In Arizona, the family courts encourage the use of mediation to resolve disputes, including the issues of divorce. Any issue can be voluntarily mediated, either by the parties’ consent or a court order.
Mediation is a confidential process handled by a neutral third party called a mediator. Rather than judging between the positions taken by the parties, a mediator helps the parties come to their own, shared resolution. Mediators help the parties communicate effectively and address the underlying issues of the dispute.
You can generally opt for mediation at any time during the dispute resolution process. You and your ex can agree on a particular mediator or ask the court to appoint one for you.
What are the advantages of mediation?
There are many. One that many people notice is that it can be a great deal less expensive than a divorce trial, even if you retain attorneys. This is because mediation is a less formal process than courtroom litigation and often takes much less time.
You can generally reach a final agreement more quickly in mediation than you could get a divorce decree through a trial. You’ll spend much less time waiting for a date with a mediator than you would a court date. That typically means less time in “divorce limbo,” where you’ve made the decision to end your marriage but can’t yet move on with your life.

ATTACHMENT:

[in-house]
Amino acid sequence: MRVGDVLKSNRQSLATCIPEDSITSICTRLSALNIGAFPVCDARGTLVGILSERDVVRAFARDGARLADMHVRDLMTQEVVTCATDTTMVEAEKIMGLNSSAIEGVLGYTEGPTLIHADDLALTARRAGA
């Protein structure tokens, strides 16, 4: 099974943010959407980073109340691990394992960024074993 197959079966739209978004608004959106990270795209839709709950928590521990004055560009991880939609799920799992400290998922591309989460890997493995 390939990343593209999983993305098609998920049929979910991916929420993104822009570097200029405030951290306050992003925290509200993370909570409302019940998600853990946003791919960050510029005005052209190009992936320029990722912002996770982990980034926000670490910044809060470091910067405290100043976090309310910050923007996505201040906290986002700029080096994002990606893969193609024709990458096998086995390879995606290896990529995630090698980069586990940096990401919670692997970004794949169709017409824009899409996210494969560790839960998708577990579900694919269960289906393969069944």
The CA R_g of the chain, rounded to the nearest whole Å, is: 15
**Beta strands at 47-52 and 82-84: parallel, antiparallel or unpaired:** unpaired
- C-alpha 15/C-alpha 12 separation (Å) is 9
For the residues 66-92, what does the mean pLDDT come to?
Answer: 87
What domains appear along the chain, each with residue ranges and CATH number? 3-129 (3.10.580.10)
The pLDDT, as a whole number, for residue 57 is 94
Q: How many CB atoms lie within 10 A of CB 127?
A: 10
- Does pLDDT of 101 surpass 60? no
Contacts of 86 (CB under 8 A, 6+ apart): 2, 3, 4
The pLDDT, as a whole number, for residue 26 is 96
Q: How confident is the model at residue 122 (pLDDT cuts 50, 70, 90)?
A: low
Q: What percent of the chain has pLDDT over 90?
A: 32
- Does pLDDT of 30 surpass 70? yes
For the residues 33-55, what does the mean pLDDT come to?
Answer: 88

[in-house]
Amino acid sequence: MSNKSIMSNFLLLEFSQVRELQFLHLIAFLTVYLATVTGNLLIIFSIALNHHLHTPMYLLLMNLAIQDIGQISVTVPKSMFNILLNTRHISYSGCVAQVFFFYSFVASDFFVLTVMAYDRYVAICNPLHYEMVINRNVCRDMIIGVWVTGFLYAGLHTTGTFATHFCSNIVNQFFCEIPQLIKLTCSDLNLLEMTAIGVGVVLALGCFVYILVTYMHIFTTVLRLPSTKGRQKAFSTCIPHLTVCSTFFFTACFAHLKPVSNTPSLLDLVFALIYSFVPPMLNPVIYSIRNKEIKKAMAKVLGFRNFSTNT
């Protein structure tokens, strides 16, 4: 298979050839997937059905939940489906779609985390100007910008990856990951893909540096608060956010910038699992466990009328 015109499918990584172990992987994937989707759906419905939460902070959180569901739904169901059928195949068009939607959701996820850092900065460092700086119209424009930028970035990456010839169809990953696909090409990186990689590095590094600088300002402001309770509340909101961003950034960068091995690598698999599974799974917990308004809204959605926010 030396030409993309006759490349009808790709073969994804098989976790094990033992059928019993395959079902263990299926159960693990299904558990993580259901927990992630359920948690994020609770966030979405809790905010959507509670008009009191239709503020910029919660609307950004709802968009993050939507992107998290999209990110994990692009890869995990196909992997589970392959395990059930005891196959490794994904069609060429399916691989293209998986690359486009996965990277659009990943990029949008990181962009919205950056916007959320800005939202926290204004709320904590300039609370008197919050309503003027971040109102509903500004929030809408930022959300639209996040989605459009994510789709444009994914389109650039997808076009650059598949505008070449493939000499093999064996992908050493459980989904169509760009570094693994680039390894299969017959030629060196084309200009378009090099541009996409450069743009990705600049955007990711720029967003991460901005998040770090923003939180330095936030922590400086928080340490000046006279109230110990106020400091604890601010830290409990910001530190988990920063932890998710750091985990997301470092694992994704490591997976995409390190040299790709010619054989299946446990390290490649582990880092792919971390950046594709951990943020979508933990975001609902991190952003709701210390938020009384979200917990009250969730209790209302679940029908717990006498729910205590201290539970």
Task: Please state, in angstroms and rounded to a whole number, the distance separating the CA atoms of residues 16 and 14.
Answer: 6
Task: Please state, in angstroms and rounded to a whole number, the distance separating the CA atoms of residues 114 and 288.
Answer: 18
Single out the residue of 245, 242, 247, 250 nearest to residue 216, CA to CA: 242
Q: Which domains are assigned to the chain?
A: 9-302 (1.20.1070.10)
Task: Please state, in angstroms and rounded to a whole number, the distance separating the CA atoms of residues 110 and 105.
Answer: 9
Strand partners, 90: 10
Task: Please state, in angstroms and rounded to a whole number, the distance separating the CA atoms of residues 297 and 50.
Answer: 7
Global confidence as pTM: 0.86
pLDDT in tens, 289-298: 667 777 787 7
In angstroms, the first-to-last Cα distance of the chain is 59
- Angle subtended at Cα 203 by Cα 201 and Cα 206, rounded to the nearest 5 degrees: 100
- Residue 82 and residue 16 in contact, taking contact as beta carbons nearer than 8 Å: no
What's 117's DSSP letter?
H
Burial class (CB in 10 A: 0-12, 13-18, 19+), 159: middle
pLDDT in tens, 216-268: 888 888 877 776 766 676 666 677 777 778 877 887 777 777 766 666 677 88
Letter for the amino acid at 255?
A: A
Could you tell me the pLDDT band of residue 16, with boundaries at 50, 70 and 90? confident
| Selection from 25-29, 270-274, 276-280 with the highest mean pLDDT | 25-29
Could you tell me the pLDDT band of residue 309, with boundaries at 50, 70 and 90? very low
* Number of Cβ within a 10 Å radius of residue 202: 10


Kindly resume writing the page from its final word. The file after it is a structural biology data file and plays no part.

Mediation is confidential, which is important. What you discuss in mediation is not admissible in court. You won’t be giving away your position if you try mediation and it does not work out.
Mediators have wider latitude over the final result. When people use mediation, they are often refreshingly surprised by the kinds of results that are available in mediation. In court, judges only have the authority to take certain actions. Mediation results in a contract between the parties, and that contract can say virtually anything you like, as long as it complies with Arizona family law. So, rather than having a stranger rule for or against you, you can have help resolving your issues from the ground up. And, people are more likely to comply with their divorce decrees and parenting orders when they have had a say over them.
If mediation does not work out, you can still go to a court to have your issues resolved. Most people find, however, that the results they can get in mediation are far more tailored to their actual situation.
When is mediation not recommended?
If there are good reasons to believe that one party will not negotiate in good faith during mediation, or if a party has committed domestic violence or child abuse, mediation may not be for you. It is important for both parties to be on equal footing and to have a basic sense of trust that the other party will be honest and attempt to comply with the resulting agreement.
You can have your divorce mediated without an attorney, but you should always have an experienced divorce lawyer review your agreement before submitting it to a court. This is to ensure that you have complied with the law and considered all of the issues.